Sleepwalking is characterised by complex behaviour (walking) while asleep. Nonsensical talking may accompany this at times. The eyes are usually open with a characteristic ’glassy’ look that appears to have a ‘going through you’ kind of appearance.
It usually occurs in middle childhood and adolescence but can persist into adulthood. There appears to be a genetic tendency.
Stage 1, 2 and 3 are described as nonrapid eye movement (NREM) sleep. Rapid eye movement (REM) sleep is the last cycle which is usually associated with dreaming. There are four to five complete sleep cycles per night, each cycle consisting of all three stages and REM.
Sleepwalking usually occurs in the first or second cycle during stage 3. It is not usually seen during naps.
The person is not aware and has no memory of his or her behaviour.
It occurs more frequently in identical twins. The risk is ten times higher if a first-degree relative has a history of sleepwalking.
The following factors can trigger sleepwalking:
- Sleep deprivation
- Chaotic sleep schedules
- Magnesium deficiency
- Alcohol intoxication
- Sedative/hypnotic drugs
Pregnancy and menstruation can increase the frequency of sleepwalking.
Associated Medical Conditions
- Gastroesophageal reflux
- Night time asthma
- Night seizures
- Obstructive Sleep Apnoea
- Psychiatric disorders
Episodes range from quiet walking to agitated running. Eyes are open with a glassy staring appearance. On questioning, responses are slow with simple thoughts. If returned to bed without awakening, the person does not usually remember the event.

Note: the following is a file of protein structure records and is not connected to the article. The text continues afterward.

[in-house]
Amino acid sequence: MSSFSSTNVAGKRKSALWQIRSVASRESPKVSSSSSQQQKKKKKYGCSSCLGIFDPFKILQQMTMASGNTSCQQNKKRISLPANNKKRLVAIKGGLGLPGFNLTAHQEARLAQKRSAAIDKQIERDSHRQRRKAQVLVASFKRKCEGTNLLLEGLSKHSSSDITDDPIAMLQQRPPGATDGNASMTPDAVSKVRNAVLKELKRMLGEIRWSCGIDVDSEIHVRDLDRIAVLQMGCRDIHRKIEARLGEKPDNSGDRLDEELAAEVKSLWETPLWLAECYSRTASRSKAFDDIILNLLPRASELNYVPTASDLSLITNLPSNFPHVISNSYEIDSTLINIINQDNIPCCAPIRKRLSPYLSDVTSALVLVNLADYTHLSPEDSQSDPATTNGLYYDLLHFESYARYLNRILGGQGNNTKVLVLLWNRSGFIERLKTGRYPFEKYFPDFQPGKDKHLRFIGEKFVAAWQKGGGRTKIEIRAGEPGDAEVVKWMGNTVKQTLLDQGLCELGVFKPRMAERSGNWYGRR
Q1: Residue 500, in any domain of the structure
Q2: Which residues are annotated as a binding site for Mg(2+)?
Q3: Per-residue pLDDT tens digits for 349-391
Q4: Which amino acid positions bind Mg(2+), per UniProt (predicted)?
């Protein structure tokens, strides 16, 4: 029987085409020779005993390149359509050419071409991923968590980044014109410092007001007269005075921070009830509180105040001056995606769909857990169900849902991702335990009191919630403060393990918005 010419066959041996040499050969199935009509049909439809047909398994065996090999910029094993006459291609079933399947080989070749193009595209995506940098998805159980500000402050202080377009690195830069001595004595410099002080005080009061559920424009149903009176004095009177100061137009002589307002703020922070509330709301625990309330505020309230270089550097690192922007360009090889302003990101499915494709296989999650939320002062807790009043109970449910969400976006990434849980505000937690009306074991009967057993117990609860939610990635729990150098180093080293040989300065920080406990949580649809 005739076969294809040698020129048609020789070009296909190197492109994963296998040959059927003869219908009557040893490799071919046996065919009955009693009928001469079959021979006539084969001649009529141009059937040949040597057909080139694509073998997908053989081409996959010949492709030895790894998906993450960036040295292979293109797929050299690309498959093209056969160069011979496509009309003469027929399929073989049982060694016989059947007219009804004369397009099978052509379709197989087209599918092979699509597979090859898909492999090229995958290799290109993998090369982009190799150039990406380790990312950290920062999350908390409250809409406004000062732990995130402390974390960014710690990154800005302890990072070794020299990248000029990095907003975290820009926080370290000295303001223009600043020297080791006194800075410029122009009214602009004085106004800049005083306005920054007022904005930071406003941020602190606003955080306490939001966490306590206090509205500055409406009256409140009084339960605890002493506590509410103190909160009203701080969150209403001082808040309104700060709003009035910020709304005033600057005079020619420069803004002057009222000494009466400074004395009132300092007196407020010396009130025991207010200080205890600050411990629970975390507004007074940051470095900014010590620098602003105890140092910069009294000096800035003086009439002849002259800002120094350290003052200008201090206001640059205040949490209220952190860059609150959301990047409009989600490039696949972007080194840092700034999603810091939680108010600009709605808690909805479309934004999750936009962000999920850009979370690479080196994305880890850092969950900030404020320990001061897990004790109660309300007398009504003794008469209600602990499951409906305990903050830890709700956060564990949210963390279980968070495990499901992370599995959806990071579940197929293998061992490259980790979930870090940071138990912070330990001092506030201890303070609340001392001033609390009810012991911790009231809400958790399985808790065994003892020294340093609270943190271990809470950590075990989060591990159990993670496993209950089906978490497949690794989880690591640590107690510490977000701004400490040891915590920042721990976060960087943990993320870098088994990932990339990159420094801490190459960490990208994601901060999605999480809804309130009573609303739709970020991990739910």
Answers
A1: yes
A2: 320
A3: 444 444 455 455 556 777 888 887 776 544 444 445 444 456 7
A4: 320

Usually no tests or exams are necessary but a medical evaluation may be done to rule out medical causes of sleepwalking. A psychological evaluation may also be done to exclude excessive stress or anxiety as a cause. Sleep tests may be done if the diagnosis is still unclear.
The following treatment options can be undertaken for a person with sleepwalking disorder:
- Go to bed at the same time each night
- Attain adequate sleep
- Avoid napping
- Avoid stress, fatigue and sleep deprivation
- Moderate or relaxation exercises
- Avoid any kind of stimuli prior to bedtime
- Environment must be safe from harmful or sharp objects
- Sleep on the ground floor and avoid bunk beds
- Lock windows and doors
- Remove obstacles in the room
- Cover glass windows with heavy drapes
- Place alarm or bell on bedroom and windows, if necessary
The underlying cause should be treated, for example, gastroesophageal reflux, obstructive sleep apnoea, seizures and other causes mentioned. Medications may be necessary in the following situations:
- The possibility of injury is real
- Continued behaviours are causing significant family disruption or excessive daytime sleepiness
- Other measures have proven to be inadequate
- Benzodiazepines have been shown to be useful for three to six weeks and then discontinued without recurrence of symptoms but occasionally frequency can increase briefly after discontinuing the medication